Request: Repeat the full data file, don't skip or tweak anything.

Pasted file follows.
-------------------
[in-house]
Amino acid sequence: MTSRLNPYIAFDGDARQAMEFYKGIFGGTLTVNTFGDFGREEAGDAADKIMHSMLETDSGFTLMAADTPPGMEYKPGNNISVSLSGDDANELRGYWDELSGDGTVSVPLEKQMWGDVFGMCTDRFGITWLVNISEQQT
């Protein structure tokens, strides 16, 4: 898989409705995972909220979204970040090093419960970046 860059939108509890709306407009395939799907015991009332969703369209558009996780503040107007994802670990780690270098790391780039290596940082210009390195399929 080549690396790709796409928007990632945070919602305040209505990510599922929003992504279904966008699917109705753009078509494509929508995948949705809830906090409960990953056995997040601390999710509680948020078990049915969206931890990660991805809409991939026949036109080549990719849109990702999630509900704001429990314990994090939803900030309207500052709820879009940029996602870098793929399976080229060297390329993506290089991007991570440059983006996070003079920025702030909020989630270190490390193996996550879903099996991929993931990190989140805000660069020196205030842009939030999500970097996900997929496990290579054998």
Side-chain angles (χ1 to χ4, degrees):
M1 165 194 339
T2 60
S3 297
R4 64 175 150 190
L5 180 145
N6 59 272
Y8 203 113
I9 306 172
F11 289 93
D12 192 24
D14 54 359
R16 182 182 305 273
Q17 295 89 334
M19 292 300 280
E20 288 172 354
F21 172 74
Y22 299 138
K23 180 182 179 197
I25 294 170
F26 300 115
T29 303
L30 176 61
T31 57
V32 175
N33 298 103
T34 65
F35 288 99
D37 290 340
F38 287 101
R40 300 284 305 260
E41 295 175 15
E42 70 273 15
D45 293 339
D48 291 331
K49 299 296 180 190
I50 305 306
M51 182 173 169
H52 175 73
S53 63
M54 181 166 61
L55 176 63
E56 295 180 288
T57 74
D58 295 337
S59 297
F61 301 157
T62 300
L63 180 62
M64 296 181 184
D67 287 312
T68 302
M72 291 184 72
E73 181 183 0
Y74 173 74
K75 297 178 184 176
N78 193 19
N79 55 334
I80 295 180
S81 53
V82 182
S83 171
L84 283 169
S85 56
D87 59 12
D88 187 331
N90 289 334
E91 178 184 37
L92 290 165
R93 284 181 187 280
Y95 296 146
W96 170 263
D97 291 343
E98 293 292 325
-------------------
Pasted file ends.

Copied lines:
[in-house]
Amino acid sequence: MTSRLNPYIAFDGDARQAMEFYKGIFGGTLTVNTFGDFGREEAGDAADKIMHSMLETDSGFTLMAADTPPGMEYKPGNNISVSLSGDDANELRGYWDELSGDGTVSVPLEKQMWGDVFGMCTDRFGITWLVNISEQQT
């Protein structure tokens, strides 16, 4: 898989409705995972909220979204970040090093419960970046 860059939108509890709306407009395939799907015991009332969703369209558009996780503040107007994802670990780690270098790391780039290596940082210009390195399929 080549690396790709796409928007990632945070919602305040209505990510599922929003992504279904966008699917109705753009078509494509929508995948949705809830906090409960990953056995997040601390999710509680948020078990049915969206931890990660991805809409991939026949036109080549990719849109990702999630509900704001429990314990994090939803900030309207500052709820879009940029996602870098793929399976080229060297390329993506290089991007991570440059983006996070003079920025702030909020989630270190490390193996996550879903099996991929993931990190989140805000660069020196205030842009939030999500970097996900997929496990290579054998």
Side-chain angles (χ1 to χ4, degrees):
M1 165 194 339
T2 60
S3 297
R4 64 175 150 190
L5 180 145
N6 59 272
Y8 203 113
I9 306 172
F11 289 93
D12 192 24
D14 54 359
R16 182 182 305 273
Q17 295 89 334
M19 292 300 280
E20 288 172 354
F21 172 74
Y22 299 138
K23 180 182 179 197
I25 294 170
F26 300 115
T29 303
L30 176 61
T31 57
V32 175
N33 298 103
T34 65
F35 288 99
D37 290 340
F38 287 101
R40 300 284 305 260
E41 295 175 15
E42 70 273 15
D45 293 339
D48 291 331
K49 299 296 180 190
I50 305 306
M51 182 173 169
H52 175 73
S53 63
M54 181 166 61
L55 176 63
E56 295 180 288
T57 74
D58 295 337
S59 297
F61 301 157
T62 300
L63 180 62
M64 296 181 184
D67 287 312
T68 302
M72 291 184 72
E73 181 183 0
Y74 173 74
K75 297 178 184 176
N78 193 19
N79 55 334
I80 295 180
S81 53
V82 182
S83 171
L84 283 169
S85 56
D87 59 12
D88 187 331
N90 289 334
E91 178 184 37
L92 290 165
R93 284 181 187 280
Y95 296 146
W96 170 263
D97 291 343
E98 293 292 325